The Garden of Love

  • I went to the Garden of Love,
  • And saw what I never had seen;
  • A Chapel was built in the midst,
  • Where I used to play on the green.
  • And the gates of this Chapel were shut
  • And “Thou shalt not,” writ over the door;
  • So I turned to the Garden of Love
  • That so many sweet flowers bore.
  • And I saw it was filled with graves,
  • And tombstones where flowers should be;
  • And priests in black gowns were walking their rounds,
  • And binding with briars my joys and desires.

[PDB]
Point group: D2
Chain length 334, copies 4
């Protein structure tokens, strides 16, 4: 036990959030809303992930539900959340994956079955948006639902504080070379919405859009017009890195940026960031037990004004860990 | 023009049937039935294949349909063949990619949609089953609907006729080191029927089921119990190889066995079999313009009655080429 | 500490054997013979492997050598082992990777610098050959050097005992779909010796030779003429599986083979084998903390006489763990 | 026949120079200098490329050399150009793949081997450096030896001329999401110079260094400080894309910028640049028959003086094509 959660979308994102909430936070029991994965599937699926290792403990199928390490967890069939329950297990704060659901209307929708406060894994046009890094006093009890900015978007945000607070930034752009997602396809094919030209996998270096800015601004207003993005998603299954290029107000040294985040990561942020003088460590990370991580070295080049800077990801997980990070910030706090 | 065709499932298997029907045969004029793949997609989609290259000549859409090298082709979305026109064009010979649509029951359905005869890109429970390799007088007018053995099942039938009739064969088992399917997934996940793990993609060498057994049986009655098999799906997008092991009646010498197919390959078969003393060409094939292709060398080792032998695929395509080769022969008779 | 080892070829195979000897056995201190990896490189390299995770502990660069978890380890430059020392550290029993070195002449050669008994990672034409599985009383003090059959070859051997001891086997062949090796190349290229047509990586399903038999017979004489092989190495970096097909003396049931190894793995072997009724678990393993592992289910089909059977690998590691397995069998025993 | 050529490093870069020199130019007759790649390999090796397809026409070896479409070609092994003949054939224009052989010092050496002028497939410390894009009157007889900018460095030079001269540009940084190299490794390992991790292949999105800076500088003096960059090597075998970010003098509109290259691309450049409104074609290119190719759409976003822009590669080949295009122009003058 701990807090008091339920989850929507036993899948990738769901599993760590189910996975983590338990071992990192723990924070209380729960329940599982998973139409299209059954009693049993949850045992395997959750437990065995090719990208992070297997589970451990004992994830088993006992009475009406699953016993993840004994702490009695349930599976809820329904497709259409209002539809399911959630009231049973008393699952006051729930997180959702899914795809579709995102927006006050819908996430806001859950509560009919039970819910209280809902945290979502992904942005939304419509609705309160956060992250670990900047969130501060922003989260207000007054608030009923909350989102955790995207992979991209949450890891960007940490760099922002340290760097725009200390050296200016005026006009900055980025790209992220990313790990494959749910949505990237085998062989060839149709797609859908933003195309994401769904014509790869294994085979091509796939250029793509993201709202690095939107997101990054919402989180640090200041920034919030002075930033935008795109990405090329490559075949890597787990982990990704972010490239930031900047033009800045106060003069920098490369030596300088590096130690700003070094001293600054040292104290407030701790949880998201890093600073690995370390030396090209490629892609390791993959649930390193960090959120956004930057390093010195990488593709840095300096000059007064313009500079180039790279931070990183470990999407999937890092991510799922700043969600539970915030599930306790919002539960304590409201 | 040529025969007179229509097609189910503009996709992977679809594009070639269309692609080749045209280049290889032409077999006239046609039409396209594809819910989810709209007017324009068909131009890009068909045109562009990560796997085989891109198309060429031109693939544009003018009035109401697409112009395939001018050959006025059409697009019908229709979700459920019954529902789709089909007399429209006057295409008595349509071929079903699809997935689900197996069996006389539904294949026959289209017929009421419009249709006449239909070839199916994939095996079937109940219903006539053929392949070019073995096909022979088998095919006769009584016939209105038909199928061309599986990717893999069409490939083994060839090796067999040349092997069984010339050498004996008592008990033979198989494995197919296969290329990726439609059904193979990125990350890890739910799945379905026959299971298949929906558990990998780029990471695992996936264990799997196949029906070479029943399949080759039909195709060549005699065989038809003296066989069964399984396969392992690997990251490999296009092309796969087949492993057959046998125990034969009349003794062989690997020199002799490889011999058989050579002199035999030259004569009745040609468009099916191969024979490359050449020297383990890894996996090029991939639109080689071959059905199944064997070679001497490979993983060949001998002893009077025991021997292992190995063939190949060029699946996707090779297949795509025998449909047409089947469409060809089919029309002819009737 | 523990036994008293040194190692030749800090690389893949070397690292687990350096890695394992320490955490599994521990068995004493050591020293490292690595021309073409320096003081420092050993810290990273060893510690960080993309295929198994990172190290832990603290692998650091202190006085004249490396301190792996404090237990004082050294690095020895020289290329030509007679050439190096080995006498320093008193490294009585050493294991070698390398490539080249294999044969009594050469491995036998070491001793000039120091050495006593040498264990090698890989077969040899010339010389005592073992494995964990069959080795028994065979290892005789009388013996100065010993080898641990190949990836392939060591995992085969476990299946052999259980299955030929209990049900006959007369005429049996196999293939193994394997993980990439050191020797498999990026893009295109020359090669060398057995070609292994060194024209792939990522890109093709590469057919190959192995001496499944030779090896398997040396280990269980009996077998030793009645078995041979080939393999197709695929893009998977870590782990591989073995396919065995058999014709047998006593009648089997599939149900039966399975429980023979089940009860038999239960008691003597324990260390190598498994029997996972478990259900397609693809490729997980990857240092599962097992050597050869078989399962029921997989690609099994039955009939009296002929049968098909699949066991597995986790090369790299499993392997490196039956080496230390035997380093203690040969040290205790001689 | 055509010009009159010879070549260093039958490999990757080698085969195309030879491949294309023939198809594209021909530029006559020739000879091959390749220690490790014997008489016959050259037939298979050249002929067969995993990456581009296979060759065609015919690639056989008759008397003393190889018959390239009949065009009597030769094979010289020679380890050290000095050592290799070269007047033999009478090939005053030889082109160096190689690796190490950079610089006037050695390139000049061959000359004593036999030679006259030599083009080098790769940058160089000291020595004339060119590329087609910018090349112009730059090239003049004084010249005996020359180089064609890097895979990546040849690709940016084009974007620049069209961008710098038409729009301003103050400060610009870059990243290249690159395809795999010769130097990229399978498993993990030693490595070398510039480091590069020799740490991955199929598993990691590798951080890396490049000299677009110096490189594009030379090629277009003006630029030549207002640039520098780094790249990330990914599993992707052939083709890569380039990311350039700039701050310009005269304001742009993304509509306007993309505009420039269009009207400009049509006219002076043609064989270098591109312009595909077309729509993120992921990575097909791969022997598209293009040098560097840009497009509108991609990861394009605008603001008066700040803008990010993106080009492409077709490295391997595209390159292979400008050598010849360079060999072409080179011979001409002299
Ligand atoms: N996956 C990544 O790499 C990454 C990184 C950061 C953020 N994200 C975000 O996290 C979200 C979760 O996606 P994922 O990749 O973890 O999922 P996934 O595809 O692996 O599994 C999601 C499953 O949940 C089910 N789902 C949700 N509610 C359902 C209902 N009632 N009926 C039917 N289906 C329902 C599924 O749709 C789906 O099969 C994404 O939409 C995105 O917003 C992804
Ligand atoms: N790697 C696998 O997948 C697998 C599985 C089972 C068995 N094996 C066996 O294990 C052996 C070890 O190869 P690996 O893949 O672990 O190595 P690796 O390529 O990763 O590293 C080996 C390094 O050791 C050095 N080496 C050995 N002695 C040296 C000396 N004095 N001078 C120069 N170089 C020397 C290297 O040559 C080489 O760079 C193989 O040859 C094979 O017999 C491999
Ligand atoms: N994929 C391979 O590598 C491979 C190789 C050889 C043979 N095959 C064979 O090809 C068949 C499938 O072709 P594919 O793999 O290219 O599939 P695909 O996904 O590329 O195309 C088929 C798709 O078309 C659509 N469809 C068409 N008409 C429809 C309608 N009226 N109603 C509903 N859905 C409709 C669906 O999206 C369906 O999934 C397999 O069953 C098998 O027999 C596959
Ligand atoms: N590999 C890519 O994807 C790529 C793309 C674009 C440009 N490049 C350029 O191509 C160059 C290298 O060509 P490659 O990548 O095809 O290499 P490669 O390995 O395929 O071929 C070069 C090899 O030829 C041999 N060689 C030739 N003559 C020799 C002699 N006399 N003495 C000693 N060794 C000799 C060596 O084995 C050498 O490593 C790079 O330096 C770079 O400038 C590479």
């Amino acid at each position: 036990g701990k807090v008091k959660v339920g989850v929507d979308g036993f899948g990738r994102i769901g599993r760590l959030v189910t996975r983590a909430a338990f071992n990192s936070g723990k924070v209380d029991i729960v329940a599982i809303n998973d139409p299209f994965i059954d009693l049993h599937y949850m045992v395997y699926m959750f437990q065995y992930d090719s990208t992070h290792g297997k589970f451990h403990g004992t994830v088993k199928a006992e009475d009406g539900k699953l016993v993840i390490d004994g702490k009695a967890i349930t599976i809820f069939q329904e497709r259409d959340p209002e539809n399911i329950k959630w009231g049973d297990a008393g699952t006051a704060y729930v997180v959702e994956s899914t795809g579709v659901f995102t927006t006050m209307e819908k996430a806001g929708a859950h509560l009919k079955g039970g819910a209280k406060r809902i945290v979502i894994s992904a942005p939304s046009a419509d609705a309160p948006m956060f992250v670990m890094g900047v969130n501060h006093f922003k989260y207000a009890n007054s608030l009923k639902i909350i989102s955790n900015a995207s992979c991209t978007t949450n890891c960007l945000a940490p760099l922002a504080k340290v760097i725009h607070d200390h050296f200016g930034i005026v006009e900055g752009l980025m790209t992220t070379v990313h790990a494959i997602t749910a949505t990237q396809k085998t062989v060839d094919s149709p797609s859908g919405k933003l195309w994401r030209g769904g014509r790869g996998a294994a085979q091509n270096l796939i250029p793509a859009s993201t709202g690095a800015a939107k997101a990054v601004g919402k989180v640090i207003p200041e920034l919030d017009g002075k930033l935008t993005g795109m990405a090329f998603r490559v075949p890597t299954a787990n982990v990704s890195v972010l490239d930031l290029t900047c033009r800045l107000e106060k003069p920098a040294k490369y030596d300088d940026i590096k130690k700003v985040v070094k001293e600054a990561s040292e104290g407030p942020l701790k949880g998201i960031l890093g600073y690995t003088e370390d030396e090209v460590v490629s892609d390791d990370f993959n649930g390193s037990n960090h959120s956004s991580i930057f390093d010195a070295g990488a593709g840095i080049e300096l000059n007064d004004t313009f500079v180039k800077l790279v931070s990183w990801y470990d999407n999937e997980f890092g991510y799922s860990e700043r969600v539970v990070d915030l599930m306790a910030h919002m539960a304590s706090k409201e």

William Blake (1757­–1827) is one of the greatest visionary poets in the English language as well as one of England’s greatest visual artists. In 1782 he married Catherine Sophia Boucher, whom he taught to read and write, and to whom he remained devoted throughout his life. Upon the occasion of an exhibition of his illuminated manuscripts in 1809, he was dismissed by one critic as “an unfortunate lunatic whose personal inoffensiveness secures him from confinement.” A profoundly religious visionary who claimed often to converse with God, he railed against the sins of the church, all forms of bigotry and oppression and, as this poem suggests, the church’s pervasive condemnation of sexuality. Blake died in poverty in 1827 and was buried in an unmarked grave. Not until long after his death was his eccentric genius recognized.

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